In addition, Sidhant Jena (MBA 2011) CEO of Jana Care, was named the recipient of the 2012 Social Entrepreneurship Fellowship, designed to support recent HBS graduates who are creating ventures that focus on creating social value. Through a competitive selection process, the Fellowship supports recent graduates with a $25,000 award. Jana Care, an India-based new venture aims "to use technology to democratize diabetes management in the developing world." To accomplish this, Jana Care has developed a tiny attachment that transforms any mobile phone into a glucose monitor, allowing diabetes patients to test blood sugar and transmit results to their physician for feedback on diet, nutrition, and medication.
Past participants in the HBS Business Plan Contest have gone on to create many successful companies such as Cloudfare, which enables websites to intelligently protect themselves from online attacks; Finale, a Boston-area restaurant chain serving desserts and beverages; RelayRides, the world's first person-to-person car sharing service; Rent the Runway, which provides access to designer clothing at a fraction of the retail price; Diagnostic-For-All, a nonprofit enterprise that has developed a low-cost, paper-based "lab-on-a-chip" for diagnosing diseases in poor regions around the world; Global Citizen Year, which encourages students between high school and college to address the global challenges of the 21st century; Good Start Genetics, which is developing a low-cost, pre-pregnancy test for multiple genetic disorders; and New Leaders, a national nonprofit organization devoted to improving education for all children by attracting and preparing the next generation of outstanding leaders for urban public schools.
Run under the auspices of the Harvard Business School's Arthur Rock Center for Entrepreneurship and the Social Enterprise Initiative, the HBS Business Plan Contest provides an integrative learning experience for all participants. The prime objectives of the Contest are to educate students in the process of creating and evaluating new business ventures, prepare them for opportunities in traditional and social entrepreneurship during their careers, and harness the unique resources that HBS offers.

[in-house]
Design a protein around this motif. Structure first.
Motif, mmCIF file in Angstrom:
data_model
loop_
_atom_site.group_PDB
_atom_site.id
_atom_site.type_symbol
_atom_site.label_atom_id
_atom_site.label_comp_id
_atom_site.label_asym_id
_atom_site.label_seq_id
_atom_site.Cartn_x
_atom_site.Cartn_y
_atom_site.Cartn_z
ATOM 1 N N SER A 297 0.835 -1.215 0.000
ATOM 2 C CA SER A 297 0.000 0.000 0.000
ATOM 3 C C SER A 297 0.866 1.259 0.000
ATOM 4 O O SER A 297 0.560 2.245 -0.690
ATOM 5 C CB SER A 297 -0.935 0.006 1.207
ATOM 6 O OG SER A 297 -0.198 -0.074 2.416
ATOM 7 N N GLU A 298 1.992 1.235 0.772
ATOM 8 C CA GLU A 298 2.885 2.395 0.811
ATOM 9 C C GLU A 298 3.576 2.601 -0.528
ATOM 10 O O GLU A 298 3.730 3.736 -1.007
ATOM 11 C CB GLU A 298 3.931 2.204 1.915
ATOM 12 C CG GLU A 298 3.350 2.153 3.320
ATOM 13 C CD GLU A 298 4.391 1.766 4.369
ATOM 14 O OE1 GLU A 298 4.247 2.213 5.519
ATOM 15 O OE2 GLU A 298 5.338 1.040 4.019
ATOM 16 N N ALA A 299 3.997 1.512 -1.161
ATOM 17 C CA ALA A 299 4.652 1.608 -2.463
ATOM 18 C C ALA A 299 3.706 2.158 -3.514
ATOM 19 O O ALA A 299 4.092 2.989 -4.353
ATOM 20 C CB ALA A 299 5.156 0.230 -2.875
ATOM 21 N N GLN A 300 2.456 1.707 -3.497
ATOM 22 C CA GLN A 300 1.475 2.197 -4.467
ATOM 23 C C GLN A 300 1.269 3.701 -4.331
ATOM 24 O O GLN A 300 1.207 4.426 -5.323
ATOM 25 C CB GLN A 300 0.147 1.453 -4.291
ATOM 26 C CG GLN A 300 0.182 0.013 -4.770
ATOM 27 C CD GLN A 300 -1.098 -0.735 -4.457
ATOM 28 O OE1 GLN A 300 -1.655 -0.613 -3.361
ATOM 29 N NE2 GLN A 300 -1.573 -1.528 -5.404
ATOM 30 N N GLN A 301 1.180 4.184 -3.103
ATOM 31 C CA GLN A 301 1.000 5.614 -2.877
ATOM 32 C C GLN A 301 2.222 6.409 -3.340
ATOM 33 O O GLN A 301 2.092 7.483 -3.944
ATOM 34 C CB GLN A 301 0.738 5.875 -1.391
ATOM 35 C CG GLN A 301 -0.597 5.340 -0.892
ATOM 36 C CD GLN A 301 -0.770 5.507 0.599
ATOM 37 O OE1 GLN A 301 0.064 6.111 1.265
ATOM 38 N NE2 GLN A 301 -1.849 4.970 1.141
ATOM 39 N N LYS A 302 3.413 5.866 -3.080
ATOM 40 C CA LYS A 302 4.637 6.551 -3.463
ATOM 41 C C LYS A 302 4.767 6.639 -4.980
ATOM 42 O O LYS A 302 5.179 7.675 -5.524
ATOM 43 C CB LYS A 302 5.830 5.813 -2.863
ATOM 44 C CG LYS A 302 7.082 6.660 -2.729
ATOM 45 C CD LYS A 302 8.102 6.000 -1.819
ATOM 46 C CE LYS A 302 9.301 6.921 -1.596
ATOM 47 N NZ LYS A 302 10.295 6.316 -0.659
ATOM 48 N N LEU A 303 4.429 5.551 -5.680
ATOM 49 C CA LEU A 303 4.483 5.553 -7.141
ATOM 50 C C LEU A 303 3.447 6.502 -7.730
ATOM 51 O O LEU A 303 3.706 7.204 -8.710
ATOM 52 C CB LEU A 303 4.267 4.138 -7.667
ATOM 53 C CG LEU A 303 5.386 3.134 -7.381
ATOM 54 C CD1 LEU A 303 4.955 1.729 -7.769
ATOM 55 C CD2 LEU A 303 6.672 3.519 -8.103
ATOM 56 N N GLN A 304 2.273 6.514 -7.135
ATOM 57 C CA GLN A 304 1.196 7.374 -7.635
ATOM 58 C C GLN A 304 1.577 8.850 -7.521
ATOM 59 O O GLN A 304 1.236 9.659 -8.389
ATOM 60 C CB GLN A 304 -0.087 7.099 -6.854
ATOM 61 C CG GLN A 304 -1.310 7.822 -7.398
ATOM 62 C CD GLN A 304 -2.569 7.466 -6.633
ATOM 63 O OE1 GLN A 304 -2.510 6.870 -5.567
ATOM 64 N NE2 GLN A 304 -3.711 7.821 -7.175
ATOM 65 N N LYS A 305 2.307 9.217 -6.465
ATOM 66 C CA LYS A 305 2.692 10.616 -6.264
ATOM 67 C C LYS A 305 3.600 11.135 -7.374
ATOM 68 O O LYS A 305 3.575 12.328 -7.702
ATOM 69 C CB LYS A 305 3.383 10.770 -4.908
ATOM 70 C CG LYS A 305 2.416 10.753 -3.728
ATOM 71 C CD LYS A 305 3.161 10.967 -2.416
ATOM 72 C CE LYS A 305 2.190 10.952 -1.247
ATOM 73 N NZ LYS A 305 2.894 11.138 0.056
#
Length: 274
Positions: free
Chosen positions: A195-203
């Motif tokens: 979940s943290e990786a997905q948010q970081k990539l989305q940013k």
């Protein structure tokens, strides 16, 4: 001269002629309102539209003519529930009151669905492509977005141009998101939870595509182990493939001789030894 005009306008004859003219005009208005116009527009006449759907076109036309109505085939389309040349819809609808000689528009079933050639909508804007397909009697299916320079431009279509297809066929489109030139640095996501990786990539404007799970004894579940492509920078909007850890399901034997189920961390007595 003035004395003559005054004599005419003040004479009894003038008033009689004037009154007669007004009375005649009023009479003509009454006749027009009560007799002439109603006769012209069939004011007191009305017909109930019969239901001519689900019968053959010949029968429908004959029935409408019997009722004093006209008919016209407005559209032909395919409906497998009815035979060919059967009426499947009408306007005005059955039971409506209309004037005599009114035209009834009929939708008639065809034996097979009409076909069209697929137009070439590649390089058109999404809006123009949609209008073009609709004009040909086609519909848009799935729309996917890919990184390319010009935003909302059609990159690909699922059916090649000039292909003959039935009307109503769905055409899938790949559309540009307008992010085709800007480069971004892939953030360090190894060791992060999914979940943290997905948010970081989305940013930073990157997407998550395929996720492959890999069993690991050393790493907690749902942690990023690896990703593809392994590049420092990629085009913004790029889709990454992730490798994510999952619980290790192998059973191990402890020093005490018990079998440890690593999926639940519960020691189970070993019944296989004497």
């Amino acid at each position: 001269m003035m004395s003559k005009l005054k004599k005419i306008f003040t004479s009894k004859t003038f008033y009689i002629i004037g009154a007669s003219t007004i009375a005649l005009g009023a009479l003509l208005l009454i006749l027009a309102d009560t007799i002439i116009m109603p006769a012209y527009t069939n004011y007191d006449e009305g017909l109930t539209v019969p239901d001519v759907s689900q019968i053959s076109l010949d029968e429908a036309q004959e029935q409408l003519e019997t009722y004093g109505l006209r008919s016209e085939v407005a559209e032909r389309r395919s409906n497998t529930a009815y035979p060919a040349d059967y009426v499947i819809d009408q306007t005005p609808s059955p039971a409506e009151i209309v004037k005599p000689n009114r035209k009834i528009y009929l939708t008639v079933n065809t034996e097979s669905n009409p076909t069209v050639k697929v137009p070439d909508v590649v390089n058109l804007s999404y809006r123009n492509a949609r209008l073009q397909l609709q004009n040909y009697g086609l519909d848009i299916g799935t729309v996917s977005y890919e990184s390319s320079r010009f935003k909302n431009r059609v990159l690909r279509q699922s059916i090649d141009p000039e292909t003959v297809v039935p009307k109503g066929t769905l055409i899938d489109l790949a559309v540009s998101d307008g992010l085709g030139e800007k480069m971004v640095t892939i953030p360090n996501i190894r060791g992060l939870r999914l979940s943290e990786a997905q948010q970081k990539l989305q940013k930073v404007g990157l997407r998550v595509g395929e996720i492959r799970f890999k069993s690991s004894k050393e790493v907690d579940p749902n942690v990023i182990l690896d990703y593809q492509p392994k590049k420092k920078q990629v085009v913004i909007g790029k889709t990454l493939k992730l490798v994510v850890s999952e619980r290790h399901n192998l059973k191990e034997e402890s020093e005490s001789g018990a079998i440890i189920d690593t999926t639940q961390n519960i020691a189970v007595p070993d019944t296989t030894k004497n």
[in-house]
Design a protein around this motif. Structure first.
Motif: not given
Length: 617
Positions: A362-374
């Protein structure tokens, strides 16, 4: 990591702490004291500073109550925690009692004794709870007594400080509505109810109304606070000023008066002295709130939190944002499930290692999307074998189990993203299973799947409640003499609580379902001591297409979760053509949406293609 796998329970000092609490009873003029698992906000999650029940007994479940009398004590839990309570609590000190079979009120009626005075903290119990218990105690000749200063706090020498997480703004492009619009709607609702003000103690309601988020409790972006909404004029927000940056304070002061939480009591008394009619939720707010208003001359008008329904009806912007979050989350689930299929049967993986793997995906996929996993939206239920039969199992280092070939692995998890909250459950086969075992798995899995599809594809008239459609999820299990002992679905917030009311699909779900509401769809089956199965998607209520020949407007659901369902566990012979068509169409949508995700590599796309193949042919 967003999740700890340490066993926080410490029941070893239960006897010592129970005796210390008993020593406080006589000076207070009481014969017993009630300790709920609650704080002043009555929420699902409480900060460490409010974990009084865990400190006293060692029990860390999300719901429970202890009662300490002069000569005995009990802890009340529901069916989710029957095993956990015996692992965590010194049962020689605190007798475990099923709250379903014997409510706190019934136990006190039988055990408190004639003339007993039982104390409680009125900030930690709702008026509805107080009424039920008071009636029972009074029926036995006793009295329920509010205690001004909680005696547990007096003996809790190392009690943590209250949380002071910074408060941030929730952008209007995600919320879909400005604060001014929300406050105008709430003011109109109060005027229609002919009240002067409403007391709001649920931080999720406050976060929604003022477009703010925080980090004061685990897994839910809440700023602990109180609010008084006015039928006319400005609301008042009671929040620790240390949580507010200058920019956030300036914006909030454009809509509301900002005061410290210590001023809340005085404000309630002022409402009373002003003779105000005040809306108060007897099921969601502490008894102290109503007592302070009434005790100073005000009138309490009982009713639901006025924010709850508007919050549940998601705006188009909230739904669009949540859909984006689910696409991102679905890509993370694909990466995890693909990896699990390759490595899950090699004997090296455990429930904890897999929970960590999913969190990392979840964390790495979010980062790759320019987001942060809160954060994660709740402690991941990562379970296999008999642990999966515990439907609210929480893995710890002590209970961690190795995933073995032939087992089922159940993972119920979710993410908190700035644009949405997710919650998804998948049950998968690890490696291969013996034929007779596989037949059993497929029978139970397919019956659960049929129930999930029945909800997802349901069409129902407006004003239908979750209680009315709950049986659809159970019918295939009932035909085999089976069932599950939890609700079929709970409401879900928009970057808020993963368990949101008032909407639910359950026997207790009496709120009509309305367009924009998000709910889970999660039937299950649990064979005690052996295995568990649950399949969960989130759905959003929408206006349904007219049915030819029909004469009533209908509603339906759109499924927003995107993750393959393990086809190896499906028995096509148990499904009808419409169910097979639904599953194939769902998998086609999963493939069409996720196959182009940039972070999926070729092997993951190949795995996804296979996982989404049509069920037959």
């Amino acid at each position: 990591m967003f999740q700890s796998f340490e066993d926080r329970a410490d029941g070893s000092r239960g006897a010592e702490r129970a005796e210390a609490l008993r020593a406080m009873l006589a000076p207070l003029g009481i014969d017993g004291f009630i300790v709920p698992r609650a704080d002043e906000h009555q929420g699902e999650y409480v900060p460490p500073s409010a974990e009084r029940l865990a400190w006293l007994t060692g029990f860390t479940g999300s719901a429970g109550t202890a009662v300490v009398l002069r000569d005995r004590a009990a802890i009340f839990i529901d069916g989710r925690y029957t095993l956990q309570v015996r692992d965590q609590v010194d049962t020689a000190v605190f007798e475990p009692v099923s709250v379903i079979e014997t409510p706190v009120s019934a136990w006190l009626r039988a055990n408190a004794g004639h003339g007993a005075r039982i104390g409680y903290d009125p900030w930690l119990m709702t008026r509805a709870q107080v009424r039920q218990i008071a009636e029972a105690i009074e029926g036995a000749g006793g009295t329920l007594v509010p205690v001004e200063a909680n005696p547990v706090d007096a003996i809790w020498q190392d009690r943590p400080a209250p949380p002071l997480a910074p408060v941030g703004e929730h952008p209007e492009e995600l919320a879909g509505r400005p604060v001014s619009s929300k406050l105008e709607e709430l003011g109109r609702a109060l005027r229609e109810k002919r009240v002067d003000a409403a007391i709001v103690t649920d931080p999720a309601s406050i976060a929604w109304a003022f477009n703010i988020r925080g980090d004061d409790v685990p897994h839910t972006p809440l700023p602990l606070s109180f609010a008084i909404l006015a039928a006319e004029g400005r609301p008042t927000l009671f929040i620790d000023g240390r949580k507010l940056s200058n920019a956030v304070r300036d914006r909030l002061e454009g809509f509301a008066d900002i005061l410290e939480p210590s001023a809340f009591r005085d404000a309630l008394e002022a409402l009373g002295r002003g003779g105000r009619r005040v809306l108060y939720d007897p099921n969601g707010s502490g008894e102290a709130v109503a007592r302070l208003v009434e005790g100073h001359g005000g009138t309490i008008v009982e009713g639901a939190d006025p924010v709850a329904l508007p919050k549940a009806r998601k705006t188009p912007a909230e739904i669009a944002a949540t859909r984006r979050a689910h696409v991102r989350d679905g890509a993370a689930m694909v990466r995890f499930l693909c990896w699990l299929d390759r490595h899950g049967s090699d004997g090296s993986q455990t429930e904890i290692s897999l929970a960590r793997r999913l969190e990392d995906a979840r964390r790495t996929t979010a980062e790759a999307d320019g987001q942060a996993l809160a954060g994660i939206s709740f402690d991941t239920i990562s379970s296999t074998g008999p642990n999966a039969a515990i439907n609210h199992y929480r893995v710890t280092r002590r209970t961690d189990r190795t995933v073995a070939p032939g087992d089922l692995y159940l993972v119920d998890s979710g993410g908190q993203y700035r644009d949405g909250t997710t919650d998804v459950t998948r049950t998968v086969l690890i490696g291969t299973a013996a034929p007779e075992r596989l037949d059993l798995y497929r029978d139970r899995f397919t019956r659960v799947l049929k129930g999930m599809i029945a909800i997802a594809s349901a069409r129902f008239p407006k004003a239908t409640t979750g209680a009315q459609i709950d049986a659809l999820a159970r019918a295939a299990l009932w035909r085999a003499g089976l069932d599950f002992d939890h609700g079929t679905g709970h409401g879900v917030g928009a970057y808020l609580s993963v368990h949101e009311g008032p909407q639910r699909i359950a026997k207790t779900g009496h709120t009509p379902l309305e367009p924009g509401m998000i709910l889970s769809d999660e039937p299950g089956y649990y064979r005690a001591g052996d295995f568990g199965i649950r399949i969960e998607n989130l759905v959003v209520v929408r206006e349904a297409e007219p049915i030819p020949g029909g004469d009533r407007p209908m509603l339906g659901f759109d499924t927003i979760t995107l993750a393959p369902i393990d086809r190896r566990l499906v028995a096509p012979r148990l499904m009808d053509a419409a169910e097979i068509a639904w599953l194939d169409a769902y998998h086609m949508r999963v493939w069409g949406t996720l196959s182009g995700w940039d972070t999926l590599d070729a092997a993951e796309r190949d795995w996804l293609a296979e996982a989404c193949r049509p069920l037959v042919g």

The Rock Center was created through the generosity of prominent venture capitalist Arthur Rock (MBA 1951). In 2003, he donated $25 million to HBS to support the entrepreneurship faculty and their research, fellowships for MBA and doctoral students, symposia and conferences, and new outreach efforts to extend the impact of the School's extensive work in this field. To further contribute to its research and course development efforts, Harvard Business School also established the California Research Center in the heart of Silicon Valley in 1997.
Harvard Business School offered the country's first business school course in entrepreneurship in 1947. Today, members of the HBS Entrepreneurial Management Unit, which numbers more than 30 faculty, teach a required course to some 900 students in the first year of the MBA program along with a broad selection of popular elective courses to second-year students.
The United States Association for Small Business and Entrepreneurship has recognized the Harvard Business School entrepreneurship program as the best in the country.
About the HBS Social Enterprise Initiative:
Since 1993, the HBS Social Enterprise Initiative (SEI) has applied innovative business practices and managerial disciplines to drive sustained, high-impact social change. The Social Enterprise Initiative acts as a catalyst for creating social value by serving as a focal point for the creativity and energy of its worldwide community. These efforts have manifested themselves in a number of areas, ranging from the participation of approximately 90 faculty members in social enterprise research and teaching to the creation of over 500 social enterprise cases and teaching notes. Courses that focus on social enterprise are embedded into the MBA curriculum and HBS Executive Education program offerings, reflecting a real-world blending of business and social issues. Beyond the classroom, the Initiative offers career development and community engagement programs designed to support students and alumni engaged in the social sector. For more information, visit: www.hbs.edu/socialenterprise/.
Founded in 1908 as part of Harvard University, Harvard Business School is located on a 40-acre campus in Boston. Its faculty of more than 200 offers full-time programs leading to the MBA and doctoral degrees, as well as more than 80 open enrollment Executive Education programs and more than 60 custom programs. For more than a century, HBS faculty have drawn on their research, their experience in working with organizations worldwide, and their passion for teaching to educate leaders who have shaped the practice of business and entrepreneurship around the globe.